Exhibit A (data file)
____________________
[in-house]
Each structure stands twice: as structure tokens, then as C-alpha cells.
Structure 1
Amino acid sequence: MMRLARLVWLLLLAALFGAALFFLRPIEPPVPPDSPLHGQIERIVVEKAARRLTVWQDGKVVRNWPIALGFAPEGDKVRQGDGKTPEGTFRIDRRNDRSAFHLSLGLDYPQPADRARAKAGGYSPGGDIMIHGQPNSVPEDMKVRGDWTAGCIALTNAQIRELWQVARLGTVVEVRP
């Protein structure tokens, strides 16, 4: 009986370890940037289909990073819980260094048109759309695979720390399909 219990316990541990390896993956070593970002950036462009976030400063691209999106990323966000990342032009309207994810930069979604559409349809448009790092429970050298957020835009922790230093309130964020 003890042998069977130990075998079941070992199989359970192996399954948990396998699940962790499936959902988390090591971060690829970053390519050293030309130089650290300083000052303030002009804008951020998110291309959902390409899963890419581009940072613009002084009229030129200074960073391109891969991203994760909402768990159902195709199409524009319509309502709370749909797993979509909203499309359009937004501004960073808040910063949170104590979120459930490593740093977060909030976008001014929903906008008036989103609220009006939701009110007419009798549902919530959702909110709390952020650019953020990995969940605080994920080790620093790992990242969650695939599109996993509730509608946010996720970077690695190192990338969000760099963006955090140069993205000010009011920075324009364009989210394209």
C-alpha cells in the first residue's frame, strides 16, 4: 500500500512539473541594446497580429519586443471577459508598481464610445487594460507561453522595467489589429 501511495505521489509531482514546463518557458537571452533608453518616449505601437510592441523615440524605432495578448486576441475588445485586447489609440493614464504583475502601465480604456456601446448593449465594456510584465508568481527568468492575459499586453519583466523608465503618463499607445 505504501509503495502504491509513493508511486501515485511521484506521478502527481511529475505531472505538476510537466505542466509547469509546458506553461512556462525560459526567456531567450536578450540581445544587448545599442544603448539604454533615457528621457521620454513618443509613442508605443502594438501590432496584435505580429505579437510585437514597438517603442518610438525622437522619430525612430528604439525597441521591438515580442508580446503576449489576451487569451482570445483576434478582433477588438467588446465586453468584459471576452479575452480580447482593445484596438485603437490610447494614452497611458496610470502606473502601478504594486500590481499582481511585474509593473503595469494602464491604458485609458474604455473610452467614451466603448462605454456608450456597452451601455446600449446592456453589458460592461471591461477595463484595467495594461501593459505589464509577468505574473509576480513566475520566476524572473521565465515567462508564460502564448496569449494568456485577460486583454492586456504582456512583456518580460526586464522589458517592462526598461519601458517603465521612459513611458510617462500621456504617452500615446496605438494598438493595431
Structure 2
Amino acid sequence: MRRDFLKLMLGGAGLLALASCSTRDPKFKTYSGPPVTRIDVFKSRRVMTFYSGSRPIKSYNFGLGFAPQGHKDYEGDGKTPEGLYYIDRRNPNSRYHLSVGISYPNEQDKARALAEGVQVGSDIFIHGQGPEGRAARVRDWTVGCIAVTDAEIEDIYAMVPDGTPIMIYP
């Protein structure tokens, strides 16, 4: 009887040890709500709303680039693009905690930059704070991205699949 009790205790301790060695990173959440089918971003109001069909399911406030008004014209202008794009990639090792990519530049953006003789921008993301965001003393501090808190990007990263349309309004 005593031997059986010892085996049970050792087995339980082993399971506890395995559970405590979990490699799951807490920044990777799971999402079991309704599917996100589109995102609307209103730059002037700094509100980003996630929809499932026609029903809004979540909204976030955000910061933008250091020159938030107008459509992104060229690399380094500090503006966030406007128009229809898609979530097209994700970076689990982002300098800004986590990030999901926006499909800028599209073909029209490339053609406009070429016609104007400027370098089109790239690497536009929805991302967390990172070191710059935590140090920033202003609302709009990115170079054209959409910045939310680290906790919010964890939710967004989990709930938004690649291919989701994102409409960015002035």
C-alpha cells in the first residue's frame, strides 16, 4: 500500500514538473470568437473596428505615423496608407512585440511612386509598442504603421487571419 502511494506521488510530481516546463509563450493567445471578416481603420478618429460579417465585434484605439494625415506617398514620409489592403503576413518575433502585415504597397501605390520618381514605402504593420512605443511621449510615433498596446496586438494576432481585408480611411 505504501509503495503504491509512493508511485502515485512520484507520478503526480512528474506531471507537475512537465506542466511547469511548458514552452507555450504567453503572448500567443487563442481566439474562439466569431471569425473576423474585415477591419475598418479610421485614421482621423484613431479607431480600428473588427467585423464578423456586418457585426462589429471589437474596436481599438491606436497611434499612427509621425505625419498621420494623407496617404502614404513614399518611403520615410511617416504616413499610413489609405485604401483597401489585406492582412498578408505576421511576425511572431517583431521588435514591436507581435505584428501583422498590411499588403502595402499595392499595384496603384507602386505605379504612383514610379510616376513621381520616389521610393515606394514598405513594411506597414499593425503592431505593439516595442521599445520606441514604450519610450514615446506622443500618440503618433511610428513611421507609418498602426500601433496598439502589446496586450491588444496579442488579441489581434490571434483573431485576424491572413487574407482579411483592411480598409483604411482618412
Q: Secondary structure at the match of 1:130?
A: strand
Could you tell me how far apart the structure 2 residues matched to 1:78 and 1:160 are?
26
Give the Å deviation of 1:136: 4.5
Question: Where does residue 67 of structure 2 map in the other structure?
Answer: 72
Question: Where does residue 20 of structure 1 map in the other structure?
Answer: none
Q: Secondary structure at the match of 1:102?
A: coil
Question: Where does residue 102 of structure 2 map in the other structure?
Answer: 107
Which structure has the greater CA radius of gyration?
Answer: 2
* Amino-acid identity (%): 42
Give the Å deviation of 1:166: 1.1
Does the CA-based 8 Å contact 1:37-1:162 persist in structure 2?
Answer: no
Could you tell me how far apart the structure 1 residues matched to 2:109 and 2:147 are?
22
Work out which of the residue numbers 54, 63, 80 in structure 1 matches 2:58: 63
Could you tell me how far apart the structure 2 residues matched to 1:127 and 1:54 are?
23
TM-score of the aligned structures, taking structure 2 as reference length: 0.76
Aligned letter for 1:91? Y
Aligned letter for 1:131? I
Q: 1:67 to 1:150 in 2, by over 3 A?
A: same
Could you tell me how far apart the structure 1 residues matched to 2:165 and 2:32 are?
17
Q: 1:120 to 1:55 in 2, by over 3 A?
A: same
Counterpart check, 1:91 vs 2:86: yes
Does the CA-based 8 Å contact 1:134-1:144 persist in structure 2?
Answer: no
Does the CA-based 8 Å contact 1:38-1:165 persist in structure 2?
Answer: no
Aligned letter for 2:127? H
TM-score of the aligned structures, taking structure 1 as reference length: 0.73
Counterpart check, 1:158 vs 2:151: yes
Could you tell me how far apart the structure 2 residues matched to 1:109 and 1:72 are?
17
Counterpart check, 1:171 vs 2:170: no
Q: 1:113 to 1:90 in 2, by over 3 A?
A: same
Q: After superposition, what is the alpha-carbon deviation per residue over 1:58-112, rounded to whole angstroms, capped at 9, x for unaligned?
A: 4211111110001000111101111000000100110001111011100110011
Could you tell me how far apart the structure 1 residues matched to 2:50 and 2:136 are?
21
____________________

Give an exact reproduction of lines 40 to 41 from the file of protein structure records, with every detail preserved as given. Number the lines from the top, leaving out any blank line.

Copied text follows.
Could you tell me how far apart the structure 1 residues matched to 2:165 and 2:32 are?
17